The major imperialist powers, especially France, denounced the Tuareg uprising immediately after its beginning and accused the MLNA of using “violent methods”. The French foreign minister called the Declaration of Independence as "null and void." It is characteristic for the EU and France, which lead currently a bloody colonial war in Afghanistan with thousands of deaths, to shed crocodile tears for a few hundred dead Malian soldiers. In reality, France and the EU do not fear the violence, but a decline of its economic influence in Mali.

The second reaction of the former colonial masters was this: they warned of an Islamic theocracy in the north of Mali. We believe that it is for the workers, workers and peasants in Mali to fight against the reactionary Islamism – and not the corporate bosses and generals in Paris, London and Berlin. It also has to be stressed that there is a strong secularist tendency in the MLNA and amongst the people. True, due the pressure of the military struggle and the hostility of all regimes around Azawad the MNLA is pushed to collaborate with the Islamist forces of Ansar Dine and to undertake joint military operations against the Malian armed forces. On 26th of May an agreement between the MNLA and Ansar Dine about the creation of an Islamist state was announced but this was renounced by the MNLA on the next day. There have been a number of conflict and even armed clashes between the MNLA and the Ansar Dine militias in Timbuktu (one of the largest city in the south of Azawad).

Anyway the Islamist threat is used by the imperialist countries of Europe and bourgeois African States to justify a possible military intervention. Several West African countries are already planning an attack on Azawad, for fear that the oppressed national minorities in their countries could follow the example of the Tuareg. The regional alliance of bourgeois African governments Ecowas has said it is preparing to send 3.000 troops to Mali to help the regime fighting against the Tuareg.

For years, U.S. imperialism is trying to expand its influence in the region. In 2005, the U.S. created the so-called "Trans-Sahara Counter-Terrorism Partnership." This includes 11 African so-called "partner countries”: Algeria, Burkina Faso, Libya (when Gaddafi was still in power!), Morocco, Tunisia, Chad, Mali, Mauritania, Niger, Nigeria and Senegal. The alliance organizes annual joint military exercises under the code name "Flintlock".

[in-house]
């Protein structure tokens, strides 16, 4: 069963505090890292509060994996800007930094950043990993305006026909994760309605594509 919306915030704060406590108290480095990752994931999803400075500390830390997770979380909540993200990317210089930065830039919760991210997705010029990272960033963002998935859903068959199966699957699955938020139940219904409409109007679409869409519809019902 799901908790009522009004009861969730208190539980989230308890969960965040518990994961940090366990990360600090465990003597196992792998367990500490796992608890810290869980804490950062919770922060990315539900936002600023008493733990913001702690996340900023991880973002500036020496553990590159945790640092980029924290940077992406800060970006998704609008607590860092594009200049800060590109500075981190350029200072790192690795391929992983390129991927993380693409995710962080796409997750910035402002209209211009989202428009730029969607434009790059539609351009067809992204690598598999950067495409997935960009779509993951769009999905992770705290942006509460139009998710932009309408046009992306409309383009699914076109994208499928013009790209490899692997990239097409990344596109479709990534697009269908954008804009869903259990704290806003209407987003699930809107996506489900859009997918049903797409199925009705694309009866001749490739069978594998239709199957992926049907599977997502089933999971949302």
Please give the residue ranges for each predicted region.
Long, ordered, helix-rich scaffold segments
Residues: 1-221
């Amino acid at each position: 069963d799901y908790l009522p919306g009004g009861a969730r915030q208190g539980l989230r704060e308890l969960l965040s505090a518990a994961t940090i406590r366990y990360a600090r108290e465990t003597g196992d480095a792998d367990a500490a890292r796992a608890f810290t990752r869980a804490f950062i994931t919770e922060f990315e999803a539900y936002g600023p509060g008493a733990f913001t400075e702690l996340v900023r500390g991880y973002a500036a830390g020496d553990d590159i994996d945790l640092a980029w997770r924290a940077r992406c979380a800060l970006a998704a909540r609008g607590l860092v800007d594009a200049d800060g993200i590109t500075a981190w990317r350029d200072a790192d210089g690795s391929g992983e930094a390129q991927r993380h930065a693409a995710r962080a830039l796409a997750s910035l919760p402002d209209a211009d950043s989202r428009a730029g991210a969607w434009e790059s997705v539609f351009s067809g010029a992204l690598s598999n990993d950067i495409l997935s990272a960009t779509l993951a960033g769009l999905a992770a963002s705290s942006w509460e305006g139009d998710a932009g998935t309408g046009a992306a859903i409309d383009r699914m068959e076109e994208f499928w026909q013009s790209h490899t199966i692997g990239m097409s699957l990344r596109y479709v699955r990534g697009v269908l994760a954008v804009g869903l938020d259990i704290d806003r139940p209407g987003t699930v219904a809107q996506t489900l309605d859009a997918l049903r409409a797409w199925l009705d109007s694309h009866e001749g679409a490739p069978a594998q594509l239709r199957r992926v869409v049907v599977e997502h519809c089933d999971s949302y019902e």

Expand the Uprising!

 

The boundaries of the West African run straight through the desert. So they cut for example the settlement area of the Tuareg in five parts. This is because the boundaries were drawn by former colonial ruler at the card table. Hence not only the social but also to national problems in West Africa exist across the borders of Mali.

As we said, various states plan to attack Azawad. It is important to extend the uprising of the Tuareg, to liberate all the oppressed national minorities in the southwest of the Sahara and bring the poverty and exploitation to an end. A future socialist government in Azawad needs to work for a federation of republics in the south of the Sahara, in which the workers, poor peasants and the urban poor keep the power in their own hands!

The RCIT is in solidarity with the liberation struggle of the Tuareg people. It is urgent that the international workers movement in Africa, Europe and beyond fights against any intervention by the imperialist powers and their allied African governments. It will be crucial that in Mali and throughout the region, new, revolutionary workers parties are created. Such parties will consistently fight for the liberation of oppressed nations and combine this with the struggle of the working class for a socialist revolution. Bourgeois organizations such as the MNLA can not lead the people to liberation. Only a revolutionary combat party with a communist program can do this.